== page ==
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A large force of rebels stormed an African Union peacekeeping base in Darfur killing at least a dozen soldiers and wounding several others in the biggest attack on the mission so far, the AU said Sunday.
More than 50 AU peacekeepers and support personnel are missing in action since the attack on the base in northern Darfur just after sunset on Saturday.
"This is the heaviest loss of life and the biggest attack on the African Union mission," said AU spokesman Noureddine Mezni, who could not confirm the casualty figures because the fighting was ongoing.
Officers in the AU force said that a force of 1,000 rebels from the Sudan Liberation Army stormed the AU base in the town of Haskanita just after the sunset fastbreaking meal during the Muslim holy month of Ramadan.
"There is a war going on between the rebels and the government, and the AU is crunched in the middle," said a senior AU officer who asked not to be named because of the sensitivity of the issue.
Darfur rebels have grown increasingly hostile to the AU peacekeepers saying the force is not neutral and favors the government side. There have been several ambushes of AU forces in the past year blamed on the rebels.
The rebels did not comment on the latest attack on the AU base, nor did the Sudanese military.
Rebel commanders, did, however, tell The Associated Press a few days earlier that they were involved in heavy battles against government-allied forces in the Haskanita area for the past two weeks.
"The government has massed five or six janjaweed units who are converging on us," said Abdelaziz Ushar, a commander in the rebel Justice and Equality Movement, which fights alongside the SLA, referring to the camel-riding, pro-government militias that have led the attacks on rebels.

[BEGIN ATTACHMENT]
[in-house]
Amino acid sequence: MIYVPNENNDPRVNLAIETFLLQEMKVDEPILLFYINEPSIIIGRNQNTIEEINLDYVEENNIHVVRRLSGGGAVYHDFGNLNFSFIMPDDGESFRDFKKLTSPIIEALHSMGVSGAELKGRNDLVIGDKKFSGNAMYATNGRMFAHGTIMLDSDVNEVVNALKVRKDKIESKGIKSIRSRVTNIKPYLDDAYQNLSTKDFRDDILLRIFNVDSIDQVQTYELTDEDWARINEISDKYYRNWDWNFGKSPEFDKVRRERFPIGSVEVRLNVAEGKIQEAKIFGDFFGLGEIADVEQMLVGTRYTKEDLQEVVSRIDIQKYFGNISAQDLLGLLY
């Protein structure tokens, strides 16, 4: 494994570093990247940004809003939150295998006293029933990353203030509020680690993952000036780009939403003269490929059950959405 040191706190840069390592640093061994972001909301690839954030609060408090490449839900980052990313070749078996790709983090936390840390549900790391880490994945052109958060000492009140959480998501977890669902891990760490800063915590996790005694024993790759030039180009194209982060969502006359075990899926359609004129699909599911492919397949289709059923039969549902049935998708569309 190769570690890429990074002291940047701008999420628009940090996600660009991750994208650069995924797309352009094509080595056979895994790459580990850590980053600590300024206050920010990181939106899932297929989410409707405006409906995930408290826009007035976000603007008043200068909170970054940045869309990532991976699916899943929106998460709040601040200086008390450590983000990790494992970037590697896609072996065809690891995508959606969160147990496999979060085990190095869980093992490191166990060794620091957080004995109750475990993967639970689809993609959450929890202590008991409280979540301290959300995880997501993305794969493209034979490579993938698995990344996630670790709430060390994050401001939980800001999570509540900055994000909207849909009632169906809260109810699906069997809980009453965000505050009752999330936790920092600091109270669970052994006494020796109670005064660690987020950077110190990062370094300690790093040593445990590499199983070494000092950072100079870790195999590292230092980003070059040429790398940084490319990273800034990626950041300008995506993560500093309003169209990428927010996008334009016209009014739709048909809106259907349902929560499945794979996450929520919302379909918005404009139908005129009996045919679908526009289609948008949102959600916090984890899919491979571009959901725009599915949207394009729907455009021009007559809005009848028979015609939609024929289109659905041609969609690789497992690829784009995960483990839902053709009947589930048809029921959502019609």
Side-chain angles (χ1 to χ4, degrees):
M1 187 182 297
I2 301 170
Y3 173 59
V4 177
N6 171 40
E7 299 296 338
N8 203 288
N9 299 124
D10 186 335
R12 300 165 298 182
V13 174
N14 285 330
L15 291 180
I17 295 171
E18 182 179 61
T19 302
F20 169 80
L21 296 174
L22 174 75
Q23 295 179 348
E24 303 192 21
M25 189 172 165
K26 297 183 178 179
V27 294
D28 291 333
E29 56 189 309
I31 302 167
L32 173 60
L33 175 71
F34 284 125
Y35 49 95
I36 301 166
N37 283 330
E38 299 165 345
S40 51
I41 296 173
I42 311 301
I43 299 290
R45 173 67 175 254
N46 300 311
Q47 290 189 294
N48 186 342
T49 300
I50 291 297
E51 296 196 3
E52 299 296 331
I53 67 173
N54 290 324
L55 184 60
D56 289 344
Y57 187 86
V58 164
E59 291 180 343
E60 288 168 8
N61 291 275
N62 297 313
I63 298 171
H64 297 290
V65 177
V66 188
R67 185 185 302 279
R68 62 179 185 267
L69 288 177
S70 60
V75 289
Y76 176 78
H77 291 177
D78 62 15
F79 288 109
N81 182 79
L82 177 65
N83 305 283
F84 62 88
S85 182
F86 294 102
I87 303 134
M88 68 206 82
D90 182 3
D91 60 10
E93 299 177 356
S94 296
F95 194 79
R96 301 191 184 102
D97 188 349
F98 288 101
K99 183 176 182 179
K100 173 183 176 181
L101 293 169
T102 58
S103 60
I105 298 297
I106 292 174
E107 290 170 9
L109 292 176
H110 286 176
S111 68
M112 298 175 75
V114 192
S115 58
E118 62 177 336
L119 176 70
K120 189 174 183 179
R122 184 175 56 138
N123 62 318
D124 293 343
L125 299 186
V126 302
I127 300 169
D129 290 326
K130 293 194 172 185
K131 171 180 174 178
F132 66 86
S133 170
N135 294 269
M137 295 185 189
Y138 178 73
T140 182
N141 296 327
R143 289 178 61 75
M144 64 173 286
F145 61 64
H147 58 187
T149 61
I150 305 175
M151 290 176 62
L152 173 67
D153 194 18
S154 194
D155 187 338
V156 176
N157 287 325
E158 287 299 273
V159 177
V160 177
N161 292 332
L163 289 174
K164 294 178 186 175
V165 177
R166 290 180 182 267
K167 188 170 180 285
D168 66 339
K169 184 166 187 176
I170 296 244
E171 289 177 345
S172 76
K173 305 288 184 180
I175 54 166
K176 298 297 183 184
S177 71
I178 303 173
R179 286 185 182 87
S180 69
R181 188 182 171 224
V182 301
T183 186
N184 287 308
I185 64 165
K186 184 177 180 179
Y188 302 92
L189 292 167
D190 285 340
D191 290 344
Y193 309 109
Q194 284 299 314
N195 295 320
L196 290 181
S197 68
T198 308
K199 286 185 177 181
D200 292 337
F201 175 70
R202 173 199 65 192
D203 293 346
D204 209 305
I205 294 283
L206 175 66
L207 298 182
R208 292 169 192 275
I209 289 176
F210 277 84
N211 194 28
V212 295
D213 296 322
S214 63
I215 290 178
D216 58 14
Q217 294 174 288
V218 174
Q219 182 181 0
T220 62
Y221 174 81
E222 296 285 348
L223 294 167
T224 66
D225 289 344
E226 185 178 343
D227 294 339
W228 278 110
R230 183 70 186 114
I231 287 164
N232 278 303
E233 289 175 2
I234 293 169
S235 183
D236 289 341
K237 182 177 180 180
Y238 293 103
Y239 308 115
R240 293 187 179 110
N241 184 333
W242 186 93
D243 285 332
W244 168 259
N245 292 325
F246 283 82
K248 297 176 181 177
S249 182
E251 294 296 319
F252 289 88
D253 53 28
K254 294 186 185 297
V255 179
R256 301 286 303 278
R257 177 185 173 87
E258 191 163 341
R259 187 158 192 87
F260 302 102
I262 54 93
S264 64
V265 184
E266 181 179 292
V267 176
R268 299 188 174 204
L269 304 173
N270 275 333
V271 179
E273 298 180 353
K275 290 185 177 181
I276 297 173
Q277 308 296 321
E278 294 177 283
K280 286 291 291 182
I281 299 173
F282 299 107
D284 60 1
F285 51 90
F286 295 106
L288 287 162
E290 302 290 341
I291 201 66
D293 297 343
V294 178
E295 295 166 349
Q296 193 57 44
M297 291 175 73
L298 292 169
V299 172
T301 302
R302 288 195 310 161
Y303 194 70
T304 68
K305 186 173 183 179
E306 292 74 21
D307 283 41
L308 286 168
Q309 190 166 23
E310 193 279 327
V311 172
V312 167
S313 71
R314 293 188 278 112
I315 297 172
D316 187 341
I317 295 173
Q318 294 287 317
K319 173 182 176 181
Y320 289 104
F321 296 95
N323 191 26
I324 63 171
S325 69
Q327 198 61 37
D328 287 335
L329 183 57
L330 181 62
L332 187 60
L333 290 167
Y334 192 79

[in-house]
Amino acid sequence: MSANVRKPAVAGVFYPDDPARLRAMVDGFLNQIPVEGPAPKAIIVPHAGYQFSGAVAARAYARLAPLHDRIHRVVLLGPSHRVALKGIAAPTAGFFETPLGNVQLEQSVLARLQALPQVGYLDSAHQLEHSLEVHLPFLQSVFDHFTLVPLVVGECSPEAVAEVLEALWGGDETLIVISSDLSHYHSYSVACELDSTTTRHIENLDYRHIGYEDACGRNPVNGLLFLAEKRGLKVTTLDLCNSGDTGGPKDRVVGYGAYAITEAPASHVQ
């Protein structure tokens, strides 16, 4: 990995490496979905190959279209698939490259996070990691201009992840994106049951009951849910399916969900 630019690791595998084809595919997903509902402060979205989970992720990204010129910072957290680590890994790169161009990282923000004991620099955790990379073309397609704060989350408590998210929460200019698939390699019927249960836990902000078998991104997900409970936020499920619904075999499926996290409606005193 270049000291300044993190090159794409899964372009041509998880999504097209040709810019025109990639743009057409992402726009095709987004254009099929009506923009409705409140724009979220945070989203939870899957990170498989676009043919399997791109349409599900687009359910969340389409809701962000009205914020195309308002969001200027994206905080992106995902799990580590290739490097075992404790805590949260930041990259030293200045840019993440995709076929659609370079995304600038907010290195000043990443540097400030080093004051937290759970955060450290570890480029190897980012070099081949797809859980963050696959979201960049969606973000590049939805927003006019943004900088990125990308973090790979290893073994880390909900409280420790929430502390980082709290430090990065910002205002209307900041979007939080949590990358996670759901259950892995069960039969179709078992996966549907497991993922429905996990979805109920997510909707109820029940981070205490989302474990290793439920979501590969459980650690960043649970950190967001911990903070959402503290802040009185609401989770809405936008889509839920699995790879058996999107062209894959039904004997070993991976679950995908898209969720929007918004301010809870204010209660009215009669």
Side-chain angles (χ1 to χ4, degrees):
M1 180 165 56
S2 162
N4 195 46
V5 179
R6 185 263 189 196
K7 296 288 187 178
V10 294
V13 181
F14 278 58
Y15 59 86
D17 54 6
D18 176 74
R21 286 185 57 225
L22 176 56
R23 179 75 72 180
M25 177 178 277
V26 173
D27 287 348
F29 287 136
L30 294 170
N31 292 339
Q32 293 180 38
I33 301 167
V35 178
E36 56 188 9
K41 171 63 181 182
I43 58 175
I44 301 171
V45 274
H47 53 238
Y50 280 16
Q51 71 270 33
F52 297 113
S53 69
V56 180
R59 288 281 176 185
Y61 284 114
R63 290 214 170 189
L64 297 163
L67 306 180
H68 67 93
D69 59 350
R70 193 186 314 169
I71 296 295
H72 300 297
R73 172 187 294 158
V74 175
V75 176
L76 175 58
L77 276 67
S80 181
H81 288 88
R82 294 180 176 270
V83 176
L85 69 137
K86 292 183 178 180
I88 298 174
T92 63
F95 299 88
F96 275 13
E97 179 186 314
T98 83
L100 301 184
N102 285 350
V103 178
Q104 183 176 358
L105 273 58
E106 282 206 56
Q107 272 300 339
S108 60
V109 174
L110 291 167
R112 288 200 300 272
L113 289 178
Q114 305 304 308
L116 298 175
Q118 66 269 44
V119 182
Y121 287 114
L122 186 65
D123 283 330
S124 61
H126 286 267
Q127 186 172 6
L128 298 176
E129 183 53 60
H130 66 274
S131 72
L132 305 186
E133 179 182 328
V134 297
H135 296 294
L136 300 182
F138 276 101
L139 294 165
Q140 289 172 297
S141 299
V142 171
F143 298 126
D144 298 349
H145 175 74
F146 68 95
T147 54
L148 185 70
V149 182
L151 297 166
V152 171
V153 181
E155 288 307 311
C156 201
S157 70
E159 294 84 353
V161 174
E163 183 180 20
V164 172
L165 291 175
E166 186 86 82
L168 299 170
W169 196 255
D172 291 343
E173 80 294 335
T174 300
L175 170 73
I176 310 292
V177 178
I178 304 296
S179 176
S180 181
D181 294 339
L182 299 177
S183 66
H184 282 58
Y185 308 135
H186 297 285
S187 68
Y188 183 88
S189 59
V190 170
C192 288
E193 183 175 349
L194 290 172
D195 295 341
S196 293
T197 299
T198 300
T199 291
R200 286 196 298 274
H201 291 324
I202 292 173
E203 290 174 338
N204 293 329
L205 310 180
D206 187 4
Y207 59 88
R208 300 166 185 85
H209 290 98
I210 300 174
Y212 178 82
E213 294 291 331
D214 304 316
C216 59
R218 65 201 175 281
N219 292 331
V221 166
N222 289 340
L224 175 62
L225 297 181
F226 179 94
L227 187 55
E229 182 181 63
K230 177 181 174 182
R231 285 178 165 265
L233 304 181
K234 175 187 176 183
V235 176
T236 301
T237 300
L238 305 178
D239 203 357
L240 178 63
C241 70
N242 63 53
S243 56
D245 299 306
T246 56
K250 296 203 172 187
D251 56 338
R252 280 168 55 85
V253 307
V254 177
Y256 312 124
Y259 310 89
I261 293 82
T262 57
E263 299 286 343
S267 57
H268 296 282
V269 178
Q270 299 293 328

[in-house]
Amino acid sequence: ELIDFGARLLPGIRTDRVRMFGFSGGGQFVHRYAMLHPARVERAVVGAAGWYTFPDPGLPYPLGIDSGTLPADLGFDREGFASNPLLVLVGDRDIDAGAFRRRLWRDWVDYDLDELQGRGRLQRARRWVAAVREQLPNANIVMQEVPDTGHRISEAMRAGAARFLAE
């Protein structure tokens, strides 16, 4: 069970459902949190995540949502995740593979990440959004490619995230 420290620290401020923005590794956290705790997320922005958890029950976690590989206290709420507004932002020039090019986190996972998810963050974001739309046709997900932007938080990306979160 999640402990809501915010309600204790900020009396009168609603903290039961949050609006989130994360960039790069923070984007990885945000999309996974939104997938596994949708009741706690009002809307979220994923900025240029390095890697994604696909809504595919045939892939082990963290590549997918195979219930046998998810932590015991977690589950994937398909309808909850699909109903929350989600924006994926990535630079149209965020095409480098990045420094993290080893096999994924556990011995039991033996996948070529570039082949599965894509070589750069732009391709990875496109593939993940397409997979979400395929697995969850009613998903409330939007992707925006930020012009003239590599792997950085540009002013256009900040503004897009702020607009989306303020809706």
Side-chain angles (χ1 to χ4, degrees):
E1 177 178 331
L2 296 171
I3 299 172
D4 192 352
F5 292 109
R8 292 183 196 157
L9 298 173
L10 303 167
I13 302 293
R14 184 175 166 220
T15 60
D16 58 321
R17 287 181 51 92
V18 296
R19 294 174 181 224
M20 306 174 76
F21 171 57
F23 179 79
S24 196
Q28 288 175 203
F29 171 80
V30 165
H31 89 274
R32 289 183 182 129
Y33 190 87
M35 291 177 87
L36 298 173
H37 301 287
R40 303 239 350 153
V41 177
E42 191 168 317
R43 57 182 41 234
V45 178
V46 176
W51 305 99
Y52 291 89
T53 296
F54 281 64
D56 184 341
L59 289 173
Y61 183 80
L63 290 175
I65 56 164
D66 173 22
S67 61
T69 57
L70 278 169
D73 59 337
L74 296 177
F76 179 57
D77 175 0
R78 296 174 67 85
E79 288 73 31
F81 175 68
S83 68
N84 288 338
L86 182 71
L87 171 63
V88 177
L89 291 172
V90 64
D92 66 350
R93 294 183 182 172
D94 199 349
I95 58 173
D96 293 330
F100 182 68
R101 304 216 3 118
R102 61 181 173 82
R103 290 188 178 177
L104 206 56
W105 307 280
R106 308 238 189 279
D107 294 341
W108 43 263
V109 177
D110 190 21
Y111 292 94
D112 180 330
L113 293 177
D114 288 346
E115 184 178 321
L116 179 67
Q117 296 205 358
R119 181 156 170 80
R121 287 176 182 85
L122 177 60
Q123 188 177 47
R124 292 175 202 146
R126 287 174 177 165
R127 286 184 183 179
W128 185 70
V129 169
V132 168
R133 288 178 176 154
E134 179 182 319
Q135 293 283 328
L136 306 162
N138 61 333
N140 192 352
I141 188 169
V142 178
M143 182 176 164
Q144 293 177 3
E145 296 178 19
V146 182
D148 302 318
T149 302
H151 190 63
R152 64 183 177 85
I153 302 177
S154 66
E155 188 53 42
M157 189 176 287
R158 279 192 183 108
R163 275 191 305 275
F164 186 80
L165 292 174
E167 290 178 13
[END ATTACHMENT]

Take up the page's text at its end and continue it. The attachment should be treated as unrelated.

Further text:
AU officers confirmed that that they had observed several Sudanese helicopter gunships and MiG-19 fighter jets taking off for Haskanita on Sunday from their base in southern Darfur.
The government offensive and rebel counter-offensive in the area, which breach several recent ceasefire commitments, is part of a surge of fighting between the warring factions ahead of new peace negotiations set for October 27 in Libya.
More than 200,000 people have died in Darfur since ethnic African rebels took up arms against the Arab-dominated central government, accusing it of discrimination.
Khartoum is accused of retaliating by unleashing janjaweed militias, which are blamed for the worst atrocities against civilians in a conflict that has displaced more than 2.5 million people.
Saturday's attack represents the first time since the 7,000-strong AU mission was deployed in June 2004 that one of their bases has been overrun.
The underfunded force has been unable to stem the fighting in the war torn western region and will soon be merged into a much more powerful hybrid UN force.
The first units of the 26,000-strong force will be deployed in October and it is expected to assume responsibility for the area on December 31.